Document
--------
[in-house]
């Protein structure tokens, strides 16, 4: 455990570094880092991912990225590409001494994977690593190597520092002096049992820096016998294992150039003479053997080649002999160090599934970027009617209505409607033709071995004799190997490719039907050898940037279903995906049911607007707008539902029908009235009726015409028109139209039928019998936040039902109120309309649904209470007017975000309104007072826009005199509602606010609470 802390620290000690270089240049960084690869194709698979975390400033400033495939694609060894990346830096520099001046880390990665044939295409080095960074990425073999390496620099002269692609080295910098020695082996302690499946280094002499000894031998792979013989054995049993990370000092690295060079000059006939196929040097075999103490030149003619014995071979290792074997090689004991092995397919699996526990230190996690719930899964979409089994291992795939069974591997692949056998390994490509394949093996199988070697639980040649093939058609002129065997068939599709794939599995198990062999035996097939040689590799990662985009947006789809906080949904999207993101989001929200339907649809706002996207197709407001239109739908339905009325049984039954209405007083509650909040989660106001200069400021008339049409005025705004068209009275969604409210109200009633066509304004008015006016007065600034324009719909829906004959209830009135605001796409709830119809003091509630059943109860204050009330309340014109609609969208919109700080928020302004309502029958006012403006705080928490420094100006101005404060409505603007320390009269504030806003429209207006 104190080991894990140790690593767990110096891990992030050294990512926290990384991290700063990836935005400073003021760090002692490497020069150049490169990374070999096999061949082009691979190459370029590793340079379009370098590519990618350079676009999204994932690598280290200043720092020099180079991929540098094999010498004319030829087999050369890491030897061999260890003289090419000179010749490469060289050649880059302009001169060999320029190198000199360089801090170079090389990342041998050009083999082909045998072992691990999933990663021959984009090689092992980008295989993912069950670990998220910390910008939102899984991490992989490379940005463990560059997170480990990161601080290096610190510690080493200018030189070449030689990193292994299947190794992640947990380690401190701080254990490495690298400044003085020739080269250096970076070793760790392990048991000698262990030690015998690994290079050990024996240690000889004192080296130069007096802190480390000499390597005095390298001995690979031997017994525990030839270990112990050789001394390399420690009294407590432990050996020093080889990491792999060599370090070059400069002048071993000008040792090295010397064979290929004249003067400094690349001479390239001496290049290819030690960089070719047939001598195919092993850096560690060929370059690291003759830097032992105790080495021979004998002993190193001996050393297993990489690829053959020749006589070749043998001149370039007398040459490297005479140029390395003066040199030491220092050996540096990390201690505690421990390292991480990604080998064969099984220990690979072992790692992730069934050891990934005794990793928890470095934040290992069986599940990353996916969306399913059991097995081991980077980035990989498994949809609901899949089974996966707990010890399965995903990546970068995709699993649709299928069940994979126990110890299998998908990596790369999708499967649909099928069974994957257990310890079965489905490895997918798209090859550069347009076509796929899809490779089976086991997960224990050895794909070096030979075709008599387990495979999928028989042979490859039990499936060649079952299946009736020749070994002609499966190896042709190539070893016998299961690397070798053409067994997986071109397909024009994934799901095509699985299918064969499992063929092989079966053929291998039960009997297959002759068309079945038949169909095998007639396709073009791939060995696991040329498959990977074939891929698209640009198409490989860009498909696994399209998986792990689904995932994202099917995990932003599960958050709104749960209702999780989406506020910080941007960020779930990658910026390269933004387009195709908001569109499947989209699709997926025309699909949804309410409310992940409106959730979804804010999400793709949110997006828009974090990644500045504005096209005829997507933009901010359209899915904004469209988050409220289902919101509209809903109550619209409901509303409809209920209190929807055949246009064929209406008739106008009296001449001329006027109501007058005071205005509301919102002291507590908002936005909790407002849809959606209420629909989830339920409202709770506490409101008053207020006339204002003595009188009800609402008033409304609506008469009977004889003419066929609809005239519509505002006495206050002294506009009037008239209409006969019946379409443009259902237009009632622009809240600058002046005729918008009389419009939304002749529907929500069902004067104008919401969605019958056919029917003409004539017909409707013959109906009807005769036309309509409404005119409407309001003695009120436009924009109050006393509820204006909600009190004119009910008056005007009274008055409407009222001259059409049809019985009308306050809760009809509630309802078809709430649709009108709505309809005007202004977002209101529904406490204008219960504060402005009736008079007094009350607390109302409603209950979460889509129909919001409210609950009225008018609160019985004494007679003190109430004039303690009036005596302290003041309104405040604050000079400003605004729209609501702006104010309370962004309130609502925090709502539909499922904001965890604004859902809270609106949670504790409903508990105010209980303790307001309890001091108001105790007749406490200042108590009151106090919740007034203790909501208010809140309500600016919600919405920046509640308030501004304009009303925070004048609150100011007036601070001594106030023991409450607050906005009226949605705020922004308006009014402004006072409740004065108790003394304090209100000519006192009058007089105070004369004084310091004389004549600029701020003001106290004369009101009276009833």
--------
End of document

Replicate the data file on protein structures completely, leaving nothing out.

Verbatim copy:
[in-house]
């Protein structure tokens, strides 16, 4: 455990570094880092991912990225590409001494994977690593190597520092002096049992820096016998294992150039003479053997080649002999160090599934970027009617209505409607033709071995004799190997490719039907050898940037279903995906049911607007707008539902029908009235009726015409028109139209039928019998936040039902109120309309649904209470007017975000309104007072826009005199509602606010609470 802390620290000690270089240049960084690869194709698979975390400033400033495939694609060894990346830096520099001046880390990665044939295409080095960074990425073999390496620099002269692609080295910098020695082996302690499946280094002499000894031998792979013989054995049993990370000092690295060079000059006939196929040097075999103490030149003619014995071979290792074997090689004991092995397919699996526990230190996690719930899964979409089994291992795939069974591997692949056998390994490509394949093996199988070697639980040649093939058609002129065997068939599709794939599995198990062999035996097939040689590799990662985009947006789809906080949904999207993101989001929200339907649809706002996207197709407001239109739908339905009325049984039954209405007083509650909040989660106001200069400021008339049409005025705004068209009275969604409210109200009633066509304004008015006016007065600034324009719909829906004959209830009135605001796409709830119809003091509630059943109860204050009330309340014109609609969208919109700080928020302004309502029958006012403006705080928490420094100006101005404060409505603007320390009269504030806003429209207006 104190080991894990140790690593767990110096891990992030050294990512926290990384991290700063990836935005400073003021760090002692490497020069150049490169990374070999096999061949082009691979190459370029590793340079379009370098590519990618350079676009999204994932690598280290200043720092020099180079991929540098094999010498004319030829087999050369890491030897061999260890003289090419000179010749490469060289050649880059302009001169060999320029190198000199360089801090170079090389990342041998050009083999082909045998072992691990999933990663021959984009090689092992980008295989993912069950670990998220910390910008939102899984991490992989490379940005463990560059997170480990990161601080290096610190510690080493200018030189070449030689990193292994299947190794992640947990380690401190701080254990490495690298400044003085020739080269250096970076070793760790392990048991000698262990030690015998690994290079050990024996240690000889004192080296130069007096802190480390000499390597005095390298001995690979031997017994525990030839270990112990050789001394390399420690009294407590432990050996020093080889990491792999060599370090070059400069002048071993000008040792090295010397064979290929004249003067400094690349001479390239001496290049290819030690960089070719047939001598195919092993850096560690060929370059690291003759830097032992105790080495021979004998002993190193001996050393297993990489690829053959020749006589070749043998001149370039007398040459490297005479140029390395003066040199030491220092050996540096990390201690505690421990390292991480990604080998064969099984220990690979072992790692992730069934050891990934005794990793928890470095934040290992069986599940990353996916969306399913059991097995081991980077980035990989498994949809609901899949089974996966707990010890399965995903990546970068995709699993649709299928069940994979126990110890299998998908990596790369999708499967649909099928069974994957257990310890079965489905490895997918798209090859550069347009076509796929899809490779089976086991997960224990050895794909070096030979075709008599387990495979999928028989042979490859039990499936060649079952299946009736020749070994002609499966190896042709190539070893016998299961690397070798053409067994997986071109397909024009994934799901095509699985299918064969499992063929092989079966053929291998039960009997297959002759068309079945038949169909095998007639396709073009791939060995696991040329498959990977074939891929698209640009198409490989860009498909696994399209998986792990689904995932994202099917995990932003599960958050709104749960209702999780989406506020910080941007960020779930990658910026390269933004387009195709908001569109499947989209699709997926025309699909949804309410409310992940409106959730979804804010999400793709949110997006828009974090990644500045504005096209005829997507933009901010359209899915904004469209988050409220289902919101509209809903109550619209409901509303409809209920209190929807055949246009064929209406008739106008009296001449001329006027109501007058005071205005509301919102002291507590908002936005909790407002849809959606209420629909989830339920409202709770506490409101008053207020006339204002003595009188009800609402008033409304609506008469009977004889003419066929609809005239519509505002006495206050002294506009009037008239209409006969019946379409443009259902237009009632622009809240600058002046005729918008009389419009939304002749529907929500069902004067104008919401969605019958056919029917003409004539017909409707013959109906009807005769036309309509409404005119409407309001003695009120436009924009109050006393509820204006909600009190004119009910008056005007009274008055409407009222001259059409049809019985009308306050809760009809509630309802078809709430649709009108709505309809005007202004977002209101529904406490204008219960504060402005009736008079007094009350607390109302409603209950979460889509129909919001409210609950009225008018609160019985004494007679003190109430004039303690009036005596302290003041309104405040604050000079400003605004729209609501702006104010309370962004309130609502925090709502539909499922904001965890604004859902809270609106949670504790409903508990105010209980303790307001309890001091108001105790007749406490200042108590009151106090919740007034203790909501208010809140309500600016919600919405920046509640308030501004304009009303925070004048609150100011007036601070001594106030023991409450607050906005009226949605705020922004308006009014402004006072409740004065108790003394304090209100000519006192009058007089105070004369004084310091004389004549600029701020003001106290004369009101009276009833």